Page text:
febrero 26, 2024

Fighting the Next Wave of Colorado’s Drug Crisis

Fighting the Next Wave of Colorado’s Drug Crisis Combatiendo las drogas ilícitas en Colorado

Remember – only use medications provided by a trusted pharmacist| A single fake pill can kill. (Picture/DEA)

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Before I was an elected official, I served Adams County families as a pediatrician for a decade. As a doctor, I saw firsthand how the drug crisis is devastating families in Colorado.

Drug overdoses are a leading cause of death for adults ages 18 to 45, and the trend line is heading in the wrong direction. The Centers for Disease Control and Prevention (CDC) estimated that over 110,000 people in the U.S. died from drug overdoses in 2022, almost 70 percent of which were caused by fentanyl and other synthetic opioids. In Colorado, there is a fatal drug overdose every four hours and forty-five minutes.

These are distressing statistics. And each number represents a heartbreaking story of a family devastated by an overdose. As your Congresswoman, a top priority of mine is the safety and wellbeing of Colorado families. That’s why I’m writing to share some important things your family should know about the drug crisis, and to update you on what I’m doing in Congress to protect our community. 

What’s Driving the Drug Crisis?

More potent drugs are becoming increasingly accessible across Colorado. At the forefront of this crisis is fentanyl, a synthetic opioid that is 50 to 100 times more potent than heroin. While fentanyl can be prescribed for pain management, it is also produced and used illegally, often with deadly results. Just 2 milligrams – the amount that fits on the tip of a pencil – can be fatal. 

As fentanyl’s prevalence in Colorado grows, it’s more common to find lethal doses mixed into counterfeit versions of other drugs like Xanax, Oxycodone, and Adderall. Shockingly, the Drug Enforcement Administration reports that 6 out of every 10 fentanyl-laced counterfeit pills contain a deadly dose of fentanyl.

It is important to know that fentanyl can be mixed into all drugs, even fake pills made to resemble prescription medications. As these photos show, it is sometimes impossible to distinguish between a real prescription pill and a fentanyl-laced fake one. This leads to tragic outcomes, particularly for young adults and children.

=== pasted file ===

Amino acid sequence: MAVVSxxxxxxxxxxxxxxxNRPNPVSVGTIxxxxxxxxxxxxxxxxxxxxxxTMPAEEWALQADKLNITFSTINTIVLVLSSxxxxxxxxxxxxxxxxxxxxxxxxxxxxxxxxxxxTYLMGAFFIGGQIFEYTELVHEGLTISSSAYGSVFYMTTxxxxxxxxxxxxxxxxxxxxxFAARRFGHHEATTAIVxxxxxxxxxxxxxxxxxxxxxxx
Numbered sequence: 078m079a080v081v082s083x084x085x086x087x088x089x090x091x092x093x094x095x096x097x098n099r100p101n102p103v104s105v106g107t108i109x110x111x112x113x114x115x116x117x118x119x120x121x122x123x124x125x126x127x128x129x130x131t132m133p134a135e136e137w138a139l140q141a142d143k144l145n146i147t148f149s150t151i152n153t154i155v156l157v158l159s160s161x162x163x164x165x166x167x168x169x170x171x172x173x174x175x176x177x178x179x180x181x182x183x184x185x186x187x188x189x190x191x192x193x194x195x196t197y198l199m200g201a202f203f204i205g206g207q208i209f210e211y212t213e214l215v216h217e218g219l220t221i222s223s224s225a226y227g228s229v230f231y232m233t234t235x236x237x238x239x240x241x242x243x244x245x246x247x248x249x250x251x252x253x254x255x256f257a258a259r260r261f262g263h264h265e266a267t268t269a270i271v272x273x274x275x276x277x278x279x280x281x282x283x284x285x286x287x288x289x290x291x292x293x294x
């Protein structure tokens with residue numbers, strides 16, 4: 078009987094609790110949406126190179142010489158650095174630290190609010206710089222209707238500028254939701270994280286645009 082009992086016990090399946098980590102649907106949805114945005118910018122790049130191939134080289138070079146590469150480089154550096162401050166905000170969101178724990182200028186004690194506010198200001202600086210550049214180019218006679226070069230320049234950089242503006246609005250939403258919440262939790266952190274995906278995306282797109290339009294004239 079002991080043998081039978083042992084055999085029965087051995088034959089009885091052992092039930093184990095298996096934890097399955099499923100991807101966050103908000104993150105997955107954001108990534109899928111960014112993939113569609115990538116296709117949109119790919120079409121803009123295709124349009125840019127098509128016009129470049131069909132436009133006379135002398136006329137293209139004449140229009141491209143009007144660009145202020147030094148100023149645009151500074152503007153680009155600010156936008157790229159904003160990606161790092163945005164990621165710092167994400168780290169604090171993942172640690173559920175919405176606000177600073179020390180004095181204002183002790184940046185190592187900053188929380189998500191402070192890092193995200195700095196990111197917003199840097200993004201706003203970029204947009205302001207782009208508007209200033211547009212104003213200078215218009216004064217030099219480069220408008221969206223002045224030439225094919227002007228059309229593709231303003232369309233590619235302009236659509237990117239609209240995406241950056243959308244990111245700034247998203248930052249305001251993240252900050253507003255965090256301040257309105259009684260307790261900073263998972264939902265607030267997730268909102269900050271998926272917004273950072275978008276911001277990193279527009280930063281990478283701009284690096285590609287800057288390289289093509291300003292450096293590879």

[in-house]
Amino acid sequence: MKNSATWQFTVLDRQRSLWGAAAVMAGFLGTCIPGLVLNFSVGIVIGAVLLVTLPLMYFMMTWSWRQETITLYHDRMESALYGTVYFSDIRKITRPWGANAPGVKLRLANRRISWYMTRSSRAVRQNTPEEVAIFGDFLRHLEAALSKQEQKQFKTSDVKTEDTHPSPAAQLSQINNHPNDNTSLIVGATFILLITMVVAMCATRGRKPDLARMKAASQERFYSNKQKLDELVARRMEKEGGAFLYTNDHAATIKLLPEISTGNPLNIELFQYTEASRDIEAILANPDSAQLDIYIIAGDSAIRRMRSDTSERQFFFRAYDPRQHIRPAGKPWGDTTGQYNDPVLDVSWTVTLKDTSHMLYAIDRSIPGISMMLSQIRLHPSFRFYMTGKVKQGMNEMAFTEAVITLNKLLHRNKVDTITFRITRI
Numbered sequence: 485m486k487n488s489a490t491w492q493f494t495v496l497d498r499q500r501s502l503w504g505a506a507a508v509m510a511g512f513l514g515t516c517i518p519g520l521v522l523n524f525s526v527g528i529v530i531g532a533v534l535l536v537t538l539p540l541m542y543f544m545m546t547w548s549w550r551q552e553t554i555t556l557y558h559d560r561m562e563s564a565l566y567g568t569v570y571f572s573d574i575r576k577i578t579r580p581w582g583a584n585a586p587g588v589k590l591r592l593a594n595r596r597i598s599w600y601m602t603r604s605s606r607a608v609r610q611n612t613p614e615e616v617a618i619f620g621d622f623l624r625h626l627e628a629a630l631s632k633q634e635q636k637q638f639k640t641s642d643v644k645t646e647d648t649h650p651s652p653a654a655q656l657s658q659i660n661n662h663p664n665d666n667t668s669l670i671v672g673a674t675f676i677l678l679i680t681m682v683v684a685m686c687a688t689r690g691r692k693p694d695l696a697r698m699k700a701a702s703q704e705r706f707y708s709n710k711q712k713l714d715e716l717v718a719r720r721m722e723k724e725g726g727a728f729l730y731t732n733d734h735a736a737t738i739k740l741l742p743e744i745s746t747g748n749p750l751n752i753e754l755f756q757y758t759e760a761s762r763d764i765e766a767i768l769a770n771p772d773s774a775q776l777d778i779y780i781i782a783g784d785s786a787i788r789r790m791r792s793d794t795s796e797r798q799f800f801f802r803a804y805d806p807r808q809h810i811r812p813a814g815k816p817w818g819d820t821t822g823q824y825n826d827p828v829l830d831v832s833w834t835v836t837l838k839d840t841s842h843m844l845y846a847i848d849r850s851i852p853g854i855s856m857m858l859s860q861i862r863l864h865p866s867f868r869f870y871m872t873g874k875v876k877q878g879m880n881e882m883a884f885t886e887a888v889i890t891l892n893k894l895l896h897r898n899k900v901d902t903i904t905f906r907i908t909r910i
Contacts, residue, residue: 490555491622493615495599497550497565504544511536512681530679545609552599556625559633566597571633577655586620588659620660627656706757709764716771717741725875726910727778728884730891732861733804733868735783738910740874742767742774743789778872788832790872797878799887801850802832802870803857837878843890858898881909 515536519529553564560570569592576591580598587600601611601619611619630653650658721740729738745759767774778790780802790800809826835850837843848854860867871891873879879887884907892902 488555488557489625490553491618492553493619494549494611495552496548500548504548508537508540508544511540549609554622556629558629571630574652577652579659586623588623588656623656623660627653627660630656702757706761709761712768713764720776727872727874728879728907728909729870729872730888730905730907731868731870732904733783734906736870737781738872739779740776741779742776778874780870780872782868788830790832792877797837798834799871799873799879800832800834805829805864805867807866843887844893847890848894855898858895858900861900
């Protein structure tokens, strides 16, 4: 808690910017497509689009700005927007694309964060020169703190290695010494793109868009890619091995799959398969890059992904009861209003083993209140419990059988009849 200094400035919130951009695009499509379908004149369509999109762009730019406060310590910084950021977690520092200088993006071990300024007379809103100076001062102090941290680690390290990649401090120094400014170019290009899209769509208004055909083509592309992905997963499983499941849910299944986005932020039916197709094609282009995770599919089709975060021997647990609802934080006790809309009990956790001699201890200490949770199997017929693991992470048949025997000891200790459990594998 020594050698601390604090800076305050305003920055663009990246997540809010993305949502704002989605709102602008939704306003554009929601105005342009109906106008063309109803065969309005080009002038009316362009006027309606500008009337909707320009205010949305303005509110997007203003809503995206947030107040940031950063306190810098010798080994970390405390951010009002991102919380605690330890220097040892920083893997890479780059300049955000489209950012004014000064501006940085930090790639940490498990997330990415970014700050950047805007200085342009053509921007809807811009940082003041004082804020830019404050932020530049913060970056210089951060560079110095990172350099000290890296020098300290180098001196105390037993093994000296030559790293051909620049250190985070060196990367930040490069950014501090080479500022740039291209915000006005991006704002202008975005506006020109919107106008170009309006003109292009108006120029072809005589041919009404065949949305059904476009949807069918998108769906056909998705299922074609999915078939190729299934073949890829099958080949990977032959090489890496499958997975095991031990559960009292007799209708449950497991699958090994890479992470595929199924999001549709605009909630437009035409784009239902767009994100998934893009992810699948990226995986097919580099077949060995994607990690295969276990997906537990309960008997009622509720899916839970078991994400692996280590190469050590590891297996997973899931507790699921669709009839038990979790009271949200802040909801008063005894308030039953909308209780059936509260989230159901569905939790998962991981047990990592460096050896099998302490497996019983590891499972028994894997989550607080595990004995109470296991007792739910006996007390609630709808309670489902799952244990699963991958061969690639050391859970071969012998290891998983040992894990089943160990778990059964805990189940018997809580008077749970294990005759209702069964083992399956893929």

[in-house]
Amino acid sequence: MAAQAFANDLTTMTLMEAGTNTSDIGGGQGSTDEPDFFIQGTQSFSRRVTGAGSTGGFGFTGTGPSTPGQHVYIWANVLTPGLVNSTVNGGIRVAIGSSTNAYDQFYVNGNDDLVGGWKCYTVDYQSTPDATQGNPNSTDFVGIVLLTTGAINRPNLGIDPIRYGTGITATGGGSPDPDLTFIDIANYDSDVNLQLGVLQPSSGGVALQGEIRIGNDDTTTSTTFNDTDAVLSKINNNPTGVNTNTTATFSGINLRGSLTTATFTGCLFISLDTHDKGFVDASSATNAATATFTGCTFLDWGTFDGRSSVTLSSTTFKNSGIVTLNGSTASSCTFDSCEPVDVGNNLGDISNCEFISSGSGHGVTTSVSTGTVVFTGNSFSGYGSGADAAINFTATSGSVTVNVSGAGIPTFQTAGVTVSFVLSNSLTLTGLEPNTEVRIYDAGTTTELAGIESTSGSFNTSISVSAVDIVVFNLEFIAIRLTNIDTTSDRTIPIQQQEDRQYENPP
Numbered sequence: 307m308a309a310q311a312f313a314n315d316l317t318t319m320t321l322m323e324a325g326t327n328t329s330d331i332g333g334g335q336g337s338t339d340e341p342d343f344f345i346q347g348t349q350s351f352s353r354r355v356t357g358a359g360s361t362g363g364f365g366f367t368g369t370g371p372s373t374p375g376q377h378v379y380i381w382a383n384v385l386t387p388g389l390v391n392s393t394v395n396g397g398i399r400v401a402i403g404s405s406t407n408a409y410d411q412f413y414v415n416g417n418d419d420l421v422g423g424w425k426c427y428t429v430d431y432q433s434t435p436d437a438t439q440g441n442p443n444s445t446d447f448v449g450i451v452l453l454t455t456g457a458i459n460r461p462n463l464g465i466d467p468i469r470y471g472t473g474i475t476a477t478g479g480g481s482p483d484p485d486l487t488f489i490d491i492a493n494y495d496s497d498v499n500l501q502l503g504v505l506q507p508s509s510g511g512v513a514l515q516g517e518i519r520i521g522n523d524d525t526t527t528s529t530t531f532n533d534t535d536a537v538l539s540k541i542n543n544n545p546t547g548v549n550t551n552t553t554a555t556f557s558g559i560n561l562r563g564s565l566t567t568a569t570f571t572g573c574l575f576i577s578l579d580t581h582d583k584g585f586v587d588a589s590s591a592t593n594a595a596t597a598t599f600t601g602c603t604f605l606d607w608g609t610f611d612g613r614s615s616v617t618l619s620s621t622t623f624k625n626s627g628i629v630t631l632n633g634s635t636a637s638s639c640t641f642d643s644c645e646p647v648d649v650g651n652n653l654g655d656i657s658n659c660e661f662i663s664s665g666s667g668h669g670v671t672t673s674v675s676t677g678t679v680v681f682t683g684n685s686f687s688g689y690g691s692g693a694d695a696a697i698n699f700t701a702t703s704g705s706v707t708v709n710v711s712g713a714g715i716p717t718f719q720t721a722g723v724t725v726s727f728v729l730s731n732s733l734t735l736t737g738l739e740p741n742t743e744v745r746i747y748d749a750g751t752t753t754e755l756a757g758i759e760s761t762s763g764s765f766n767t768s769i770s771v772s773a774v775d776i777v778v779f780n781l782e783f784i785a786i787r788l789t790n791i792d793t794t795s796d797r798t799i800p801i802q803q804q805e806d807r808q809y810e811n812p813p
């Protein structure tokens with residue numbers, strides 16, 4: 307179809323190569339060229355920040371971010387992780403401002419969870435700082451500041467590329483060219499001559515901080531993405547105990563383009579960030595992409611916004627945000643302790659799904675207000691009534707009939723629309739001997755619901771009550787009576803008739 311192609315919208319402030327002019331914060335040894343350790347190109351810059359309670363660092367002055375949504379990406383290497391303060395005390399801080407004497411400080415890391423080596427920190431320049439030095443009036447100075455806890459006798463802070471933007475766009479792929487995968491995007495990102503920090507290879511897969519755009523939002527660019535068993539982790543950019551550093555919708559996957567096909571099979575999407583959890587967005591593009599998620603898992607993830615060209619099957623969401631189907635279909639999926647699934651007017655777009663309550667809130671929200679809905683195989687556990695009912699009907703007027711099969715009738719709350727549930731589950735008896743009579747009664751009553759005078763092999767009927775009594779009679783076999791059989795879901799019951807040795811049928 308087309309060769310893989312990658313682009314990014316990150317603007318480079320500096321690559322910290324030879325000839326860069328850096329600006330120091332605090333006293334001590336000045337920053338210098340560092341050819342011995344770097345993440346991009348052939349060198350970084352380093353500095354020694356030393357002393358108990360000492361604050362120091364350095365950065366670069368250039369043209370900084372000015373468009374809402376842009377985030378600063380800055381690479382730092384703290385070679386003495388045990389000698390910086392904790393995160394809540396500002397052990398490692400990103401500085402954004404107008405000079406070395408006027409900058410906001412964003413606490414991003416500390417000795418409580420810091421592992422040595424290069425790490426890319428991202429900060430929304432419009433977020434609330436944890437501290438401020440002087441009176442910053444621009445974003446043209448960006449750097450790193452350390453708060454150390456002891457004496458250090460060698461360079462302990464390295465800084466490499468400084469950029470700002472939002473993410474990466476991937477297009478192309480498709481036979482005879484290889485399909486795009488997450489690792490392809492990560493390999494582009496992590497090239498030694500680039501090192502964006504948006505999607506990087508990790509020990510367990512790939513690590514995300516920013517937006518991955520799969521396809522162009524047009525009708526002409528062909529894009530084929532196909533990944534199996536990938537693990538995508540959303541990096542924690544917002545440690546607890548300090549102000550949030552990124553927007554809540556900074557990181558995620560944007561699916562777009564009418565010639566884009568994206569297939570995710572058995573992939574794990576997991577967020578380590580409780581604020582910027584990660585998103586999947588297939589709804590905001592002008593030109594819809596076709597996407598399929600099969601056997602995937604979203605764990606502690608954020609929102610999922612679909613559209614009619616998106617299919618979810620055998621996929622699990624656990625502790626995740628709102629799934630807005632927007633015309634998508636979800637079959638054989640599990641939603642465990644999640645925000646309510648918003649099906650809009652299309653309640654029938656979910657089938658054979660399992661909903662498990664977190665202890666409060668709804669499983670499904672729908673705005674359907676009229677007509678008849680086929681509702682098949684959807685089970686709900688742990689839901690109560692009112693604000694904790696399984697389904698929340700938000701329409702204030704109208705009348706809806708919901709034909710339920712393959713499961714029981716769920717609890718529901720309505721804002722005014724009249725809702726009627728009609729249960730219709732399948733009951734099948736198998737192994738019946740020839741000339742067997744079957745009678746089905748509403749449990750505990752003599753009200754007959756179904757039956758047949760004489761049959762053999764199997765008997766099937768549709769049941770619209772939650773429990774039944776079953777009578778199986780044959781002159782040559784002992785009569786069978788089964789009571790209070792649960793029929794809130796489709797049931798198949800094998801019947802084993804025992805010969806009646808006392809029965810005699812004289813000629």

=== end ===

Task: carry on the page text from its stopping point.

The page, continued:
Combatiendo las drogas ilícitas en Colorado

Remember – only use medications provided by a trusted pharmacist| A single fake pill can kill. (Picture/DEA)

What’s Congress doing to help?

After talking with families in our District and hearing the heartbreaking toll this crisis has taken on our community, I’m committed to use my position in Congress to bring an end to it. Here are a few steps I’ve taken so far.

Just this month I introduced the Curbing Illicit Drug Threats Act (link to press release), a bipartisan bill that studies the effectiveness of our current illicit drug surveillance systems and recommends ways to improve communication and data collection. This research will significantly strengthen law enforcement’s ability to combat the spread of illicit drugs.

Earlier this year, I was proud to introduce my very first bill – H.R. 1734, the TRANQ Research Act. This bipartisan bill directs more research into existing and emerging illicit synthetic opioids, helping us head off the next wave of the drug crisis. I’m proud to announce that it passed the House unanimously, underscoring that ending the drug crisis is a bipartisan issue where real progress is possible. 

Additionally, I worked with colleagues on both sides of the aisle to press Secretary of State Antony Blinken on taking aggressive diplomatic action against Chinese-origin chemicals used in fentanyl production. A staggering 97 percent of fentanyl in the United States is manufactured with these chemicals, so halting their flow into the Western Hemisphere must be a top priority.  

These are just a few examples of my work to combat the drug crisis and keep Colorado families safe. Together, we can make progress in the fight against illicit drug dealers, save lives, and build a better future for young Coloradans. 

If you or a loved one is struggling with drug addiction, you can contact SAMHSA’s National Helpline at 1-800-662-4357 or reach out to my office for additional resources.

SAMHSA National Helpline

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